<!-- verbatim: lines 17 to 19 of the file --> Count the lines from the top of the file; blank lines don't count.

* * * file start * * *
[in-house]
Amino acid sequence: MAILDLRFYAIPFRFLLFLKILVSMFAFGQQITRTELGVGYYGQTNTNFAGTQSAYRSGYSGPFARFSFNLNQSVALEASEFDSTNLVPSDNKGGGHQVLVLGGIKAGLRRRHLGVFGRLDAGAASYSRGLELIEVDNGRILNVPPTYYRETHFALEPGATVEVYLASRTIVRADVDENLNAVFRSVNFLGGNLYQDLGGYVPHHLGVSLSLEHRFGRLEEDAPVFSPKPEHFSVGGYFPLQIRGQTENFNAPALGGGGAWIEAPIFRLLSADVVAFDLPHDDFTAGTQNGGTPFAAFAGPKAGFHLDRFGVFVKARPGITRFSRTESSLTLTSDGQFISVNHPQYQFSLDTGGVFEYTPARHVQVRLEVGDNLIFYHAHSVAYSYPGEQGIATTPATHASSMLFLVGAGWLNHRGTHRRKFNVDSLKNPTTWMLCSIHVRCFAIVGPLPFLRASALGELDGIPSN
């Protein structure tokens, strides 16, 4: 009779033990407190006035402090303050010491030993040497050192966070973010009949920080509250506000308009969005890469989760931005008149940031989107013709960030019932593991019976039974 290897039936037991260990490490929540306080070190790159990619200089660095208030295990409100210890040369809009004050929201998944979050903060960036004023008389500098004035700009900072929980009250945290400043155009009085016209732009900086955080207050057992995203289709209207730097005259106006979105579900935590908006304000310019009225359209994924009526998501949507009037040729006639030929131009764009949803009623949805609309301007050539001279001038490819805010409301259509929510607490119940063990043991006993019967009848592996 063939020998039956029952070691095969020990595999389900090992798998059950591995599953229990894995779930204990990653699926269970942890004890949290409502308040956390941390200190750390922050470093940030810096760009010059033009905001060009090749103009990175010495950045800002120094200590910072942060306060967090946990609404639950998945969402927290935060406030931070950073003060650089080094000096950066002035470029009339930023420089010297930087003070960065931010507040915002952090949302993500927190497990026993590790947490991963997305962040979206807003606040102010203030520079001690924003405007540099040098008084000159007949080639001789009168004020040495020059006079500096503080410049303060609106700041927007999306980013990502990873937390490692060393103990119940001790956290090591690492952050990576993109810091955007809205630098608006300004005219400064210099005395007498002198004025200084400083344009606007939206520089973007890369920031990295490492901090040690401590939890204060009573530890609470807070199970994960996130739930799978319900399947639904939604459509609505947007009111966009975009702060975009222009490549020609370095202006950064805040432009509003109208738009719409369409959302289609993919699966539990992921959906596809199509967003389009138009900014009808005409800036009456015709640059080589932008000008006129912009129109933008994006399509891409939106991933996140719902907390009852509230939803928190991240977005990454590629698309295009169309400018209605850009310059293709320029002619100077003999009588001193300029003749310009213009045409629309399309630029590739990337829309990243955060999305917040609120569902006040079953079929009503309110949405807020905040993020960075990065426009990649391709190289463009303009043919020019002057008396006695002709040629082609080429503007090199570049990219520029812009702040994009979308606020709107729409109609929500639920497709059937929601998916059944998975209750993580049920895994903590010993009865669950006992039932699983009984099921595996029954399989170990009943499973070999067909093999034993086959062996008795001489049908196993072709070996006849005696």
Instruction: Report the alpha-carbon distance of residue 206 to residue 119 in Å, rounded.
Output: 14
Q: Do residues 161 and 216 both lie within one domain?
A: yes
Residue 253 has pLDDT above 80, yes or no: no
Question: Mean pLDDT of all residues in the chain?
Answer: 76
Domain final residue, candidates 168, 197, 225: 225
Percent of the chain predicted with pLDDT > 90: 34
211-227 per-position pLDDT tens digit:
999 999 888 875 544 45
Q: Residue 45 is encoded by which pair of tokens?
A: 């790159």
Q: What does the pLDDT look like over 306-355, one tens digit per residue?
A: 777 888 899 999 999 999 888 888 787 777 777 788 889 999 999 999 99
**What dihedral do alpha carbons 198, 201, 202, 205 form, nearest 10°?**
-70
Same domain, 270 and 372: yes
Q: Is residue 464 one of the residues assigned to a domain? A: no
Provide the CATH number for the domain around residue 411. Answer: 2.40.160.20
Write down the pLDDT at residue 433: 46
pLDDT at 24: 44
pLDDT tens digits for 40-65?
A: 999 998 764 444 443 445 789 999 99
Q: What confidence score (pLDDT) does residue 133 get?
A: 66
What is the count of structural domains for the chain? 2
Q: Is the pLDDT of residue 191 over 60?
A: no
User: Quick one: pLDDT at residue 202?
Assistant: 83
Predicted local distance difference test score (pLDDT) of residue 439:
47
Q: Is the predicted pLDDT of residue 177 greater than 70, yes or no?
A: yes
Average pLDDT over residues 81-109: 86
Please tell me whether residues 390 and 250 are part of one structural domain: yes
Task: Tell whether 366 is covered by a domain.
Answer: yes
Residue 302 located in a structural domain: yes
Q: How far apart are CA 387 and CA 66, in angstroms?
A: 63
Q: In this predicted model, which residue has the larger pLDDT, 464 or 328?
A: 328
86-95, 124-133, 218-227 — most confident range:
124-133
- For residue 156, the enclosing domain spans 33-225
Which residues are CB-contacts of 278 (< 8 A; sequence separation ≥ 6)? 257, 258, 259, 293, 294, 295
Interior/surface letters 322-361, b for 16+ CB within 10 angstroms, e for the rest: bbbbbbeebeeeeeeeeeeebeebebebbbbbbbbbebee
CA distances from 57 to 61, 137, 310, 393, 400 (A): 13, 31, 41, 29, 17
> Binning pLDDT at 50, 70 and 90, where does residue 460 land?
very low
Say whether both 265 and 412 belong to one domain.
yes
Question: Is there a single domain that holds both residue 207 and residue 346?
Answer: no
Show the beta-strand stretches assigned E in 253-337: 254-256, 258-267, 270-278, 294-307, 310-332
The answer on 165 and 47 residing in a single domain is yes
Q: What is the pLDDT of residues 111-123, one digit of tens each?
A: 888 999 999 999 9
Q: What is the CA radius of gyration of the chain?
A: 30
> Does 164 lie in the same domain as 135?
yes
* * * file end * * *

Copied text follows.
Q: What does the pLDDT look like over 306-355, one tens digit per residue?
A: 777 888 899 999 999 999 888 888 787 777 777 788 889 999 999 999 99
**What dihedral do alpha carbons 198, 201, 202, 205 form, nearest 10°?**